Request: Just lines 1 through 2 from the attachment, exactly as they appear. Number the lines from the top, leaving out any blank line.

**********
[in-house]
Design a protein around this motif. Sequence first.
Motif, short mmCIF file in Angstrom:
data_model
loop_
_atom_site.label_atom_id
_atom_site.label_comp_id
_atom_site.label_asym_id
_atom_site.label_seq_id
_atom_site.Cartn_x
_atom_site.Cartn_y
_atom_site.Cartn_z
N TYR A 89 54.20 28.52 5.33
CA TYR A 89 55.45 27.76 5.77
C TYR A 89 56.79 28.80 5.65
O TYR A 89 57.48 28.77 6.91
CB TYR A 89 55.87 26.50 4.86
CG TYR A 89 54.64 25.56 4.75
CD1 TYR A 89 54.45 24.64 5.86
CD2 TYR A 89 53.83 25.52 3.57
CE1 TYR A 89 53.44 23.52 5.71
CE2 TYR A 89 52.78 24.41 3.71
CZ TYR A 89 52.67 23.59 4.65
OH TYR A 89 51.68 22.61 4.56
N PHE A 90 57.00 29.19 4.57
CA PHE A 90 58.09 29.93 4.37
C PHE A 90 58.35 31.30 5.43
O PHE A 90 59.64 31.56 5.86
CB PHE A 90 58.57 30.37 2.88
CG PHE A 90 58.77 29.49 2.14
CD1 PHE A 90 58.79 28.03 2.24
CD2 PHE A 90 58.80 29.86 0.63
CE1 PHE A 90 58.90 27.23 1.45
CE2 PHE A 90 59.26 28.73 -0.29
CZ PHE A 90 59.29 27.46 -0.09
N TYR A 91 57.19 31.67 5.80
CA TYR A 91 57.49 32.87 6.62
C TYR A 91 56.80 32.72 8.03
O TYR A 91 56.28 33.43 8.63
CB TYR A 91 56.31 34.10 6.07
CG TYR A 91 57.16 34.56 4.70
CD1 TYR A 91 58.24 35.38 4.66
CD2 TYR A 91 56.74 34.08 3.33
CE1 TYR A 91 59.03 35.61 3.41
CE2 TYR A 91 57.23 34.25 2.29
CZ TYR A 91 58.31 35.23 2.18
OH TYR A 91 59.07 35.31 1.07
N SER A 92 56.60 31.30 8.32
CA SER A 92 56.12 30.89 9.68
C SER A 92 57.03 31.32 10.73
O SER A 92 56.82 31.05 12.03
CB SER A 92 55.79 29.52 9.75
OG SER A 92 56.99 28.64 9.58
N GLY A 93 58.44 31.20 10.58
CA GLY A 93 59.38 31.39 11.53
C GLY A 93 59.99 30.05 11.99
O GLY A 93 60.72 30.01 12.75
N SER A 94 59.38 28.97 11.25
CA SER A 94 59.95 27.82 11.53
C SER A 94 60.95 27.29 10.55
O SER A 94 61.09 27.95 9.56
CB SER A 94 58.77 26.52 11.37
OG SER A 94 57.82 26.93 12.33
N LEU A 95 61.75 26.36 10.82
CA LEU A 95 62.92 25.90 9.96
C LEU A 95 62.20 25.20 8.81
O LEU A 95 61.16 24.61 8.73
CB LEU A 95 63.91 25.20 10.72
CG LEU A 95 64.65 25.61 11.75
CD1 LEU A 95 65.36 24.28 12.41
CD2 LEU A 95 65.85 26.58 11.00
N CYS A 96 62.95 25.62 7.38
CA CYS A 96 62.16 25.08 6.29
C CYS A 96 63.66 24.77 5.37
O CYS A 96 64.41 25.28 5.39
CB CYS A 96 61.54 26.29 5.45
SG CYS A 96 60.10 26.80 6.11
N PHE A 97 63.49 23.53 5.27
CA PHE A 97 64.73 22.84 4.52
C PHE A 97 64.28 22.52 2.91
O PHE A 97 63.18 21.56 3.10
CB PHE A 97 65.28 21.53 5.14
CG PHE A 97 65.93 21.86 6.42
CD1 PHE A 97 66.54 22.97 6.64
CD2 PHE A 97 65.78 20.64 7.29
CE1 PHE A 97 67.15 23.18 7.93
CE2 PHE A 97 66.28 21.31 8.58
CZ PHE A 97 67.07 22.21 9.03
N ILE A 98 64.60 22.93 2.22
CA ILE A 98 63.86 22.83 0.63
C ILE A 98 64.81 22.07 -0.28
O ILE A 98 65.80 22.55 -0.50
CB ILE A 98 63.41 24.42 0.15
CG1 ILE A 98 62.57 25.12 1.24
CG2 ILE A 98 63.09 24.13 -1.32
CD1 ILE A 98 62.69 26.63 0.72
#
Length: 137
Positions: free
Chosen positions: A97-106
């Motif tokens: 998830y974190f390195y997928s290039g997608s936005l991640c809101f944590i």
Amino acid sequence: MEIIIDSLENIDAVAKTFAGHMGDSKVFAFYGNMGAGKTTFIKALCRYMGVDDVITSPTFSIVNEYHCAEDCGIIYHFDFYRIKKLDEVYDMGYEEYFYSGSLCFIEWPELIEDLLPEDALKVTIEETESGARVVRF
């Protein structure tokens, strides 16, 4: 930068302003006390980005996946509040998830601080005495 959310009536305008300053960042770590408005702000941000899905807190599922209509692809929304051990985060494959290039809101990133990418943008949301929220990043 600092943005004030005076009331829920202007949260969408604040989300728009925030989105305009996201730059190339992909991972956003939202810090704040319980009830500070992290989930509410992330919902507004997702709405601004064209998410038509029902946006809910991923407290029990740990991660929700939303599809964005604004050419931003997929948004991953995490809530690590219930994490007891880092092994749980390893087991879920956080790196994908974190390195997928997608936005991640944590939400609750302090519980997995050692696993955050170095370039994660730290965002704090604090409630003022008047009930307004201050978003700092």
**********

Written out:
[in-house]
Design a protein around this motif. Sequence first.